Char siu, or as we pesky gwailos call it - BBQ pork, would have to be one of the most addictive foods on the planet. This Cantonese delicacy of marinated and quick-roasted pork started life as hawker food - which is basically wholesome and tasty snacks that roadside vendors whipped up to feed hungry throngs that would pass by. Fortunately for us in the west, it has grown over time to be so much more.
The art of Cantonese BBQ has spread its wings and traveled across the globe. Chinese BBQ shops can be found in every major Chinatown in cities around the world. In Sydney alone we a have huge number, each vying for supremacy with the undisputed leader; BBQ King. These bustling, colourful and no-nonsense shops sell a bedazzling array of Cantonese barbecued meats; crisp-skinned and juicy suckling pig, mahogany-hued roast duck, succulent soy-cooked chicken, alarmingly orange cuttlefish, along with an intriguing line up of various innards that seem to only be popular with the Cantonese customers. And of course, there is also the fabulous char siu.
I was lucky enough to take my first bite of char siu at none-other than the legendary BBQ King itself. I was only young - taken along as a guest of my friend's parents - and for me it was a genuine revelation. A plain paper parcel was unceremoniously torn apart, revealing a pile of not-too-thick, yet not-too-thin slices of pork. Each slice had an alluringly bright red exterior and was succulently juicy in the middle. The real treat was the end slices, which had borne the most heat from the hot oven. They had caramelised and turned crispy - almost black in parts - and tasted sweet, crunchy, meaty… heavenly.
Char siu, and for that matter all Chinese BBQ meats are indisputably humble food. They should always be treated just like they are at home - as a snack or a light meal. Char siu will always be accompanied by rice and some Chinese green vegetables steamed simply with oyster sauce. A selection of dipping sauces will always be offered - ginger and shallot, hoi sin, or chilli.
Apart from the fact that buying char siu at a Cantonese BBQ shop is so cheap and easy, there is one other main factor that sets the store-bought variety above the home cooked version - the oven. Chinese BBQ ovens are barrel-shaped and cook with fiercely intense heat. The pork is ready in a matter of minutes and that trademark dark and crunchy exterior is effortlessly achieved. All this matters little however, because after years of searching, reading recipes and cajoling various chefs, I have arrived at the perfect home-cooked recipe - a recipe which holds 3 very important secrets.
Sweeter words I have seldom heard, and how true they were. My char siu improved immeasurably overnight, and as boneless pork neck can be between 25 and 50% cheaper than the other cuts, it is thriftier as well.
One of the greatest fans of char siu I have met also happens to be a level 9 noder right here on E2. The way he attacks a plate of char siu is genuinely disquieting - but at the same time makes you realise, this dude knows his pork. He states, unequivocally, that achan's recipe above is nigh enough to perfection. The fact that achan provides his Granddad's recipe makes me like it even more. That being the case, I won't be offended in the slightest if you try his recipe - but please make sure to use pork neck, a little dark soy sauce and the rack-over-tray filled with water method.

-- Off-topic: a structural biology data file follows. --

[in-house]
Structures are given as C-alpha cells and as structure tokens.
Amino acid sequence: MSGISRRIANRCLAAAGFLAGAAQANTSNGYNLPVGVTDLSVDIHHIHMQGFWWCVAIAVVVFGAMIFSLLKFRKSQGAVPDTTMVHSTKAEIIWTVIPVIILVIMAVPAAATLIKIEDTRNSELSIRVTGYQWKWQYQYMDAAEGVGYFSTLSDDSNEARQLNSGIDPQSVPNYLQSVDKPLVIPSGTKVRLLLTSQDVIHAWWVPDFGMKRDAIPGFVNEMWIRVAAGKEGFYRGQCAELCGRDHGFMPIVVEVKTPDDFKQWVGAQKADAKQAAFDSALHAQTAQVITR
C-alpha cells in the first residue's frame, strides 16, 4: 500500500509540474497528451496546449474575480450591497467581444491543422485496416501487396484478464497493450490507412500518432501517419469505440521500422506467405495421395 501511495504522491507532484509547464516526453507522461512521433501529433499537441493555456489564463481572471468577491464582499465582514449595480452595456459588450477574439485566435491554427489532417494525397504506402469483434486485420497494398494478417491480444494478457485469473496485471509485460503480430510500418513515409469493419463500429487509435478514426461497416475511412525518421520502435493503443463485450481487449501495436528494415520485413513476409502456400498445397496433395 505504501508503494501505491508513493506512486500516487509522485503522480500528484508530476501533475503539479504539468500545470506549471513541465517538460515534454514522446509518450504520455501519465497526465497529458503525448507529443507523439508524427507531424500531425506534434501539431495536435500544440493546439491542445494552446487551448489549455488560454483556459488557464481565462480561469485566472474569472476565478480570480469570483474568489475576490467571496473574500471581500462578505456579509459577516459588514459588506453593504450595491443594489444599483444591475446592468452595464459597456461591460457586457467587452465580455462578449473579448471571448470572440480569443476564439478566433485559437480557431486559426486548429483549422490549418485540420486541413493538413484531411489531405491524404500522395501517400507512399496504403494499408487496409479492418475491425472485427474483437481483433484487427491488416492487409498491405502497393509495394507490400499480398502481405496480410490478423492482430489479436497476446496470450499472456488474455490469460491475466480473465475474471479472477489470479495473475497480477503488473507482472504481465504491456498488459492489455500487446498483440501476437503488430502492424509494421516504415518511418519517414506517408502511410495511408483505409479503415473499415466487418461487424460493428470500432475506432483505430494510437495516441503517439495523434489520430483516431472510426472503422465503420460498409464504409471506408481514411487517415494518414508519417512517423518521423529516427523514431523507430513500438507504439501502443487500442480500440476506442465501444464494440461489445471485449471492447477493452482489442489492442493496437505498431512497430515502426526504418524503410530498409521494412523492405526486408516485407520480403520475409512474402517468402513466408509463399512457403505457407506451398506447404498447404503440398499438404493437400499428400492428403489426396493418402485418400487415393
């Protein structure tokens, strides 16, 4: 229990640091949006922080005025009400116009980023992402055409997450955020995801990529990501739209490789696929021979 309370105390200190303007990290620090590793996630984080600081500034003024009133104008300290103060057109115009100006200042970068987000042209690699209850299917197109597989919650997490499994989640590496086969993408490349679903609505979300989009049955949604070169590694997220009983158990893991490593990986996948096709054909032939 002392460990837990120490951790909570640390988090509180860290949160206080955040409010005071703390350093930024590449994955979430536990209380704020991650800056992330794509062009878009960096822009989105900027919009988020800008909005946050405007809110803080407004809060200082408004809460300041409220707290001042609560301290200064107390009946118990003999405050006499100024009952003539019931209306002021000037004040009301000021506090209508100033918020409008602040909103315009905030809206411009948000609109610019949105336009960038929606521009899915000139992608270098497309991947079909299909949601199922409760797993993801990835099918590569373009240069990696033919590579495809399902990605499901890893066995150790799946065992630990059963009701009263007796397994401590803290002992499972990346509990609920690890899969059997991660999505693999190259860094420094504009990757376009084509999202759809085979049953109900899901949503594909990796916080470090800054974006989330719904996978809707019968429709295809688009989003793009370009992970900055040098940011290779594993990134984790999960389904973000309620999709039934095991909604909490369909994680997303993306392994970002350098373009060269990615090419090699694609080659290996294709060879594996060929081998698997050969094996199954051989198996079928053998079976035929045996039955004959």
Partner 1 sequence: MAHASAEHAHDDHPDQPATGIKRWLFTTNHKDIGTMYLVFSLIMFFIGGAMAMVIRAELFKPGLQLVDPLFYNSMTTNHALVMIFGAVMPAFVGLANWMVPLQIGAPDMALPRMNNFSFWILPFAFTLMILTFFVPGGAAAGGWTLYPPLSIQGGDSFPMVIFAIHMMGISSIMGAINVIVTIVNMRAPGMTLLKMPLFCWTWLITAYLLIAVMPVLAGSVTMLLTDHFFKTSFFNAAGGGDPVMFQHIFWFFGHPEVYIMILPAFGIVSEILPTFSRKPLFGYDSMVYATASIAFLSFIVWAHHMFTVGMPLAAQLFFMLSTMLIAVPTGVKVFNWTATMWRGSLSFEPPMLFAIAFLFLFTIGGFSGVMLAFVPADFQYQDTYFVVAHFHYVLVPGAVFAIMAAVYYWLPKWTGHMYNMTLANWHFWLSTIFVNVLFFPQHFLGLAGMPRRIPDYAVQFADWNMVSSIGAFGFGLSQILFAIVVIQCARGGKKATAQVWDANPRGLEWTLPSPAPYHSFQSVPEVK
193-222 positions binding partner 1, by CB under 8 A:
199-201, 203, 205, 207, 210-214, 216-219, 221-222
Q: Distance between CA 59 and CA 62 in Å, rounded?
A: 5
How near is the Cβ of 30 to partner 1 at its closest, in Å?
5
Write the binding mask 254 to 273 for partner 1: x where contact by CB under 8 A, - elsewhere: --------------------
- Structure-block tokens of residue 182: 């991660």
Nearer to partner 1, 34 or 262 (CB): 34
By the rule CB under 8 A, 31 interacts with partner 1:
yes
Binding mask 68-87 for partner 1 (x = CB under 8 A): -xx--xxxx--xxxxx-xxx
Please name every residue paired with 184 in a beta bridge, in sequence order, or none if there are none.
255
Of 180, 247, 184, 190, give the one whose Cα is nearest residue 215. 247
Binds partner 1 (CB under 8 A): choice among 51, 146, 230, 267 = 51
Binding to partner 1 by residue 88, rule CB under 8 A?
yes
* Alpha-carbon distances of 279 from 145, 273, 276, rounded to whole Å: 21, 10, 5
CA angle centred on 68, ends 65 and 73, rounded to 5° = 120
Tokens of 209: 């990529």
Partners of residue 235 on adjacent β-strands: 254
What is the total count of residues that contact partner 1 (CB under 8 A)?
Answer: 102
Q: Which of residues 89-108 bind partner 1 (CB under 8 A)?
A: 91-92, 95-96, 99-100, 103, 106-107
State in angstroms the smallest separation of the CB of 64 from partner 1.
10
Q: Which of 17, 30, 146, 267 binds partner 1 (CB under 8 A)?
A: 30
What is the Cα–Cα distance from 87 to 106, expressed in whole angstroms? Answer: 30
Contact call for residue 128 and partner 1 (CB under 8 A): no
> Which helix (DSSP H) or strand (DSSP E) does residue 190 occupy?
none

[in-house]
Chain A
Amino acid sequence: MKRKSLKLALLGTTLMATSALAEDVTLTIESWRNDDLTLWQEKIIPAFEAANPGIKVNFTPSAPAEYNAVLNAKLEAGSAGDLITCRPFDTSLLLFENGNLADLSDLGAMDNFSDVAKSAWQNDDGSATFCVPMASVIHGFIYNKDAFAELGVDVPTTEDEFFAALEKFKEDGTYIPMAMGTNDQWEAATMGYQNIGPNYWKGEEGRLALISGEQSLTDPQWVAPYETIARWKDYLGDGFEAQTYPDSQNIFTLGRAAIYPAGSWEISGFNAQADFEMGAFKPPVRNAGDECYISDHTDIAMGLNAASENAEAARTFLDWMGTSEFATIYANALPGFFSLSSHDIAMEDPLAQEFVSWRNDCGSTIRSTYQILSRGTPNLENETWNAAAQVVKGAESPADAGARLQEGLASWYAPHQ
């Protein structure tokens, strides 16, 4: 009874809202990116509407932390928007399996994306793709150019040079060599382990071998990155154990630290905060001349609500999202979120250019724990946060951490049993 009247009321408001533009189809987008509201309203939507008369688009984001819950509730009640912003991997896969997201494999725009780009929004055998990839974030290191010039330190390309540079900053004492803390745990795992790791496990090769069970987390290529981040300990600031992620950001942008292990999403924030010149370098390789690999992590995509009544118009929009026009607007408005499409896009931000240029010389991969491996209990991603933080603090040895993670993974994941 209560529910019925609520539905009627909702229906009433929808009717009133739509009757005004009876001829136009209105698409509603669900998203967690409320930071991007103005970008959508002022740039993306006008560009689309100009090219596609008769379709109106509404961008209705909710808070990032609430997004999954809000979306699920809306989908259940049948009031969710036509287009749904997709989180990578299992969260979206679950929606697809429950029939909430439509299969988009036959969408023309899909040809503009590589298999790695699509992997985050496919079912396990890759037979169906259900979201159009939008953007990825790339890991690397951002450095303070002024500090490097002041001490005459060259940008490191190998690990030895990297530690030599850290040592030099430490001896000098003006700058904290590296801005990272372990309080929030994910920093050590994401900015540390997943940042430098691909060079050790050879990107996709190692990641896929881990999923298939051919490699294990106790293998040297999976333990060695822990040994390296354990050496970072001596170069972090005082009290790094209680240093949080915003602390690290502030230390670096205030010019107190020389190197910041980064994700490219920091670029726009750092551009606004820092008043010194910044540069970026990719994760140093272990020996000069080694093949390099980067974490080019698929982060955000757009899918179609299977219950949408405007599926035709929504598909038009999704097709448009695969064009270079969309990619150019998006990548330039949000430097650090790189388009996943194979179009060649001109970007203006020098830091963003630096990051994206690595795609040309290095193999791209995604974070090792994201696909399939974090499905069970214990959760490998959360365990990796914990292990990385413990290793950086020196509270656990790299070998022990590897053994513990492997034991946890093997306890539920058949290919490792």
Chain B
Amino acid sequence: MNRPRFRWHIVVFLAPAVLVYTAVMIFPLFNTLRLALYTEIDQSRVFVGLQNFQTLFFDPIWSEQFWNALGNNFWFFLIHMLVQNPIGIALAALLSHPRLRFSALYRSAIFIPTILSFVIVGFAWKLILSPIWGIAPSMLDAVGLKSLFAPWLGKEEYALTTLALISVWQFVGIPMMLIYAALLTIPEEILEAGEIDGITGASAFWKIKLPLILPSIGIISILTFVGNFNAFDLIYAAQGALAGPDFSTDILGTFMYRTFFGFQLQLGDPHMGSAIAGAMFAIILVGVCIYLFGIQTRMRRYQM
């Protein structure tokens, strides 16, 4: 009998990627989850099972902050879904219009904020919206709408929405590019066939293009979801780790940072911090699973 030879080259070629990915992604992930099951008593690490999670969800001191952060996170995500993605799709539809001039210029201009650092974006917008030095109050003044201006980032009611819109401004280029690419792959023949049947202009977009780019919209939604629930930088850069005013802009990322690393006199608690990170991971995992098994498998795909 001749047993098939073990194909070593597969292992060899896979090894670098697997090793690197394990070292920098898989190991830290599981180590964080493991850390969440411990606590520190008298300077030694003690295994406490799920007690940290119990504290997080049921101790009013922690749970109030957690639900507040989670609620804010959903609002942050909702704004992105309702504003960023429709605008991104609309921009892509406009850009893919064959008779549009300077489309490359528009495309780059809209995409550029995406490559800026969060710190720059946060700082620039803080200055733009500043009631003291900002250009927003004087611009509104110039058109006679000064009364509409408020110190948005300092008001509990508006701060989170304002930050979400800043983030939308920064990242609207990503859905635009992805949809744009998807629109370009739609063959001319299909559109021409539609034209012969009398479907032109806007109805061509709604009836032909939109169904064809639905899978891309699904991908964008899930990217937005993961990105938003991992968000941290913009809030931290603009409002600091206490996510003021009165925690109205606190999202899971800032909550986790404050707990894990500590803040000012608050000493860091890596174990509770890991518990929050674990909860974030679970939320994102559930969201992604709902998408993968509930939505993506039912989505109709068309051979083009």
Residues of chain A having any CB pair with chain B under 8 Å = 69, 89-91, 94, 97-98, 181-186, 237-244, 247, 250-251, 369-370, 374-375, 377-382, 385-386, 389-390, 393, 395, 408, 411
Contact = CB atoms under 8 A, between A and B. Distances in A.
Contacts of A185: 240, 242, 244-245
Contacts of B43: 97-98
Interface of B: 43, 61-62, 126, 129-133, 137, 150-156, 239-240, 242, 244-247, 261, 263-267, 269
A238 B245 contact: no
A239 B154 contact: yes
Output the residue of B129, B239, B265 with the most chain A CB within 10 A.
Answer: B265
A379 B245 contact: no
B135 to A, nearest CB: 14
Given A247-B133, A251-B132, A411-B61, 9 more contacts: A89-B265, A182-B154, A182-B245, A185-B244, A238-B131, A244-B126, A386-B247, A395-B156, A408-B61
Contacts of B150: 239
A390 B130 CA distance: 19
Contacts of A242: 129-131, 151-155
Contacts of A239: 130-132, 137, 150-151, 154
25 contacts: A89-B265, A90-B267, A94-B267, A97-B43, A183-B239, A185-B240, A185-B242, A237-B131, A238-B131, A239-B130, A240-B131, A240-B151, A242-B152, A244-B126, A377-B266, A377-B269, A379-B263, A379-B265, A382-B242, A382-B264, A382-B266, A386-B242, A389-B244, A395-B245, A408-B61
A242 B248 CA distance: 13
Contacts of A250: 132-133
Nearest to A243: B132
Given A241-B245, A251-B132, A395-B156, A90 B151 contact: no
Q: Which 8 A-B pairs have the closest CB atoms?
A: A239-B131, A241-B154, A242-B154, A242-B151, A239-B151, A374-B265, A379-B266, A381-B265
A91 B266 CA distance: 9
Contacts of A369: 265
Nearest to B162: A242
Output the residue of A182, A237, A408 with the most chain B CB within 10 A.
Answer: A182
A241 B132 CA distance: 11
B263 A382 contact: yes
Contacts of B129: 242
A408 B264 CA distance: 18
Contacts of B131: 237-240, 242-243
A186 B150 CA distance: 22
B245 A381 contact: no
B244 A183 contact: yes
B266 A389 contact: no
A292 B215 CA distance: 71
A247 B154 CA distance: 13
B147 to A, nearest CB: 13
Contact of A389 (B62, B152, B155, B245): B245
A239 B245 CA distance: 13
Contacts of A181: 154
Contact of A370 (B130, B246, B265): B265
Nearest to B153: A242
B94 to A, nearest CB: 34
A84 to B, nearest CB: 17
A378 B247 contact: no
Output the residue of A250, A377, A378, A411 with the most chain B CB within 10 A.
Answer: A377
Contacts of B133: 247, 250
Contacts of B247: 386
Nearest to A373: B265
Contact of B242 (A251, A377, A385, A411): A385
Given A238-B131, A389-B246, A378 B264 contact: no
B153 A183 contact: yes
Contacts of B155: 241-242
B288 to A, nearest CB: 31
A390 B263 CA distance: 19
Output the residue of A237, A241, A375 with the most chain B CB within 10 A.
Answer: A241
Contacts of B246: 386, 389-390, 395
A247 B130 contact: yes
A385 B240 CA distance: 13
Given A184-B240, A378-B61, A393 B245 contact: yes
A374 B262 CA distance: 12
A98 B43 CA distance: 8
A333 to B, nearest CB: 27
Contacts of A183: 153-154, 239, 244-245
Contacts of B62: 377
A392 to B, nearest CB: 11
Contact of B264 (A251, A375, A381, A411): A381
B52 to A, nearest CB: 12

On the other hand, I will be pretty chuffed if you try my recipe as well. Lets get to it.
Lay the pork neck out on a chopping board. Cut lengthways into strips roughly 3 - 4 cm wide. You should end up with around 3 strips. Combine the marinade ingredients in a large bowl and add the pork. Toss well and place in the fridge to let the flavour really sink into the pork. 3 hours is an absolute minimum - overnight is much better.
When ready to cook, pre-heat your oven to 220 °C (440 °F). Select a deep-sided roasting tray and half fill it with water. Place in the oven for 20 minutes to warm it up. In the mean time, get ready a wire rack that sits snugly above the roasting tray. Make sure it will hold the pork well above the water level.
Remove the heated roasting tray from the oven and place the wire rack on top. Lift the pork out of the marinade, gently shaking away any excess and lay onto the wire rack. Make sure the pork slices are evenly spaced and not touching each other. Place in the oven for 20 minutes.
Remove the pork and turn over. Brush liberally with the excess marinade and return to the oven for another 20 minutes. Take the pork out of the oven, and then set the oven to its highest temperature. Once again, turn the pork over and brush well with the marinade. Once the oven is fiercely cranking at its highest heat, return the pork for between 5 and 10 minutes. You want the char siu to get a dark, even patchily black exterior - but don't let it burn.
Take the pork out of the oven and cover with a sheet of aluminium foil. Allow it to sit at room temperature for at least half an hour. This resting stage will let all the moisture that moved to the centre of the meat during roasting to slowly seep back to the exterior - leaving it succulently juicy.
Chop the pork into 1 cm slices and serve with steamed rice and simply cooked greens.
¹Dark soy sauce is very different from regular or light soy sauce. For starters it is less salty, and as its name implies, it is much darker and thicker than the regular stuff. It should always be labeled as “dark soy sauce”, but if there is any doubt, here is a trick to ascertain the difference. Shake the bottle, and then look at the neck. If the soy sauce drains away and leaves the neck almost clear, it is light soy sauce. If the neck is darkly coated for some time after you shook the bottle – it is the dark stuff.